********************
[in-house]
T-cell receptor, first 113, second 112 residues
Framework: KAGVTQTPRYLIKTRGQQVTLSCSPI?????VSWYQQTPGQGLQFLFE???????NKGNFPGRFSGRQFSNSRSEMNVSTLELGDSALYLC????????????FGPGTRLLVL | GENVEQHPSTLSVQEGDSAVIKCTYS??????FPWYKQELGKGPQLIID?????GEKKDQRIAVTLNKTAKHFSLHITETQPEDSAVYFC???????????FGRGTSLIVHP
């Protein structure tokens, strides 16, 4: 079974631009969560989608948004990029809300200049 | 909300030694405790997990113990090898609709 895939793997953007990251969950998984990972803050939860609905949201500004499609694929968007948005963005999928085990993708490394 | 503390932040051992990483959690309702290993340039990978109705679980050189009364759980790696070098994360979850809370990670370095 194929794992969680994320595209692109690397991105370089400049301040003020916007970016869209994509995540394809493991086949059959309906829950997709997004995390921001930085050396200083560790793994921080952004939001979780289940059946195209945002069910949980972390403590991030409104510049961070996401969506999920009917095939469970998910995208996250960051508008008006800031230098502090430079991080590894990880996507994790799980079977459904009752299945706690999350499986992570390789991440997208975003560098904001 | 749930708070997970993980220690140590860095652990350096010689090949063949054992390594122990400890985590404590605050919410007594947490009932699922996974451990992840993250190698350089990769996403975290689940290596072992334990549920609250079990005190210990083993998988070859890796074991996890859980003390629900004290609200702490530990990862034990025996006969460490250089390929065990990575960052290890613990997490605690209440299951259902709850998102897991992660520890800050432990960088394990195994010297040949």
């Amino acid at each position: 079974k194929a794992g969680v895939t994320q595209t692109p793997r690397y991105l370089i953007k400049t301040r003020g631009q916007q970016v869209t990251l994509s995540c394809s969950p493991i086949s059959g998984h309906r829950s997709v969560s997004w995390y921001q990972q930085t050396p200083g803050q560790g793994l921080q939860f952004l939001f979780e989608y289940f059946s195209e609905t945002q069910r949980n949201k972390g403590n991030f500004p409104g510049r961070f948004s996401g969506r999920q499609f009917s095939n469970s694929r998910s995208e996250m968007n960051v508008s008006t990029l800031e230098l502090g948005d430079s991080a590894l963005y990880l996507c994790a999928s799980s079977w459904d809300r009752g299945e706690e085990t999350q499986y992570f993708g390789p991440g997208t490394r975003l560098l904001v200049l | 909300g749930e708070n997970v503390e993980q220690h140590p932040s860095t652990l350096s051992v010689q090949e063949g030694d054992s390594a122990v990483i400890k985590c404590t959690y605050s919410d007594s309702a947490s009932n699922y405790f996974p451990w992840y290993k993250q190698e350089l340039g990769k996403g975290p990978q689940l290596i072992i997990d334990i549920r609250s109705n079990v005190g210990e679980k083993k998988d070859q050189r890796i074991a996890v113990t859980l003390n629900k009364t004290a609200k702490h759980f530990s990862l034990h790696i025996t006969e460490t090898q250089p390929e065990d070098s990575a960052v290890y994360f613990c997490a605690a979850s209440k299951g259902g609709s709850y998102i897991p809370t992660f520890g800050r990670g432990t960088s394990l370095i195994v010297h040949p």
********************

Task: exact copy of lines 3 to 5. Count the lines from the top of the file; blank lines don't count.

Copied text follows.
Framework: KAGVTQTPRYLIKTRGQQVTLSCSPI?????VSWYQQTPGQGLQFLFE???????NKGNFPGRFSGRQFSNSRSEMNVSTLELGDSALYLC????????????FGPGTRLLVL | GENVEQHPSTLSVQEGDSAVIKCTYS??????FPWYKQELGKGPQLIID?????GEKKDQRIAVTLNKTAKHFSLHITETQPEDSAVYFC???????????FGRGTSLIVHP
């Protein structure tokens, strides 16, 4: 079974631009969560989608948004990029809300200049 | 909300030694405790997990113990090898609709 895939793997953007990251969950998984990972803050939860609905949201500004499609694929968007948005963005999928085990993708490394 | 503390932040051992990483959690309702290993340039990978109705679980050189009364759980790696070098994360979850809370990670370095 194929794992969680994320595209692109690397991105370089400049301040003020916007970016869209994509995540394809493991086949059959309906829950997709997004995390921001930085050396200083560790793994921080952004939001979780289940059946195209945002069910949980972390403590991030409104510049961070996401969506999920009917095939469970998910995208996250960051508008008006800031230098502090430079991080590894990880996507994790799980079977459904009752299945706690999350499986992570390789991440997208975003560098904001 | 749930708070997970993980220690140590860095652990350096010689090949063949054992390594122990400890985590404590605050919410007594947490009932699922996974451990992840993250190698350089990769996403975290689940290596072992334990549920609250079990005190210990083993998988070859890796074991996890859980003390629900004290609200702490530990990862034990025996006969460490250089390929065990990575960052290890613990997490605690209440299951259902709850998102897991992660520890800050432990960088394990195994010297040949």
């Amino acid at each position: 079974k194929a794992g969680v895939t994320q595209t692109p793997r690397y991105l370089i953007k400049t301040r003020g631009q916007q970016v869209t990251l994509s995540c394809s969950p493991i086949s059959g998984h309906r829950s997709v969560s997004w995390y921001q990972q930085t050396p200083g803050q560790g793994l921080q939860f952004l939001f979780e989608y289940f059946s195209e609905t945002q069910r949980n949201k972390g403590n991030f500004p409104g510049r961070f948004s996401g969506r999920q499609f009917s095939n469970s694929r998910s995208e996250m968007n960051v508008s008006t990029l800031e230098l502090g948005d430079s991080a590894l963005y990880l996507c994790a999928s799980s079977w459904d809300r009752g299945e706690e085990t999350q499986y992570f993708g390789p991440g997208t490394r975003l560098l904001v200049l | 909300g749930e708070n997970v503390e993980q220690h140590p932040s860095t652990l350096s051992v010689q090949e063949g030694d054992s390594a122990v990483i400890k985590c404590t959690y605050s919410d007594s309702a947490s009932n699922y405790f996974p451990w992840y290993k993250q190698e350089l340039g990769k996403g975290p990978q689940l290596i072992i997990d334990i549920r609250s109705n079990v005190g210990e679980k083993k998988d070859q050189r890796i074991a996890v113990t859980l003390n629900k009364t004290a609200k702490h759980f530990s990862l034990h790696i025996t006969e460490t090898q250089p390929e065990d070098s990575a960052v290890y994360f613990c997490a605690a979850s209440k299951g259902g609709s709850y998102i897991p809370t992660f520890g800050r990670g432990t960088s394990l370095i195994v010297h040949p």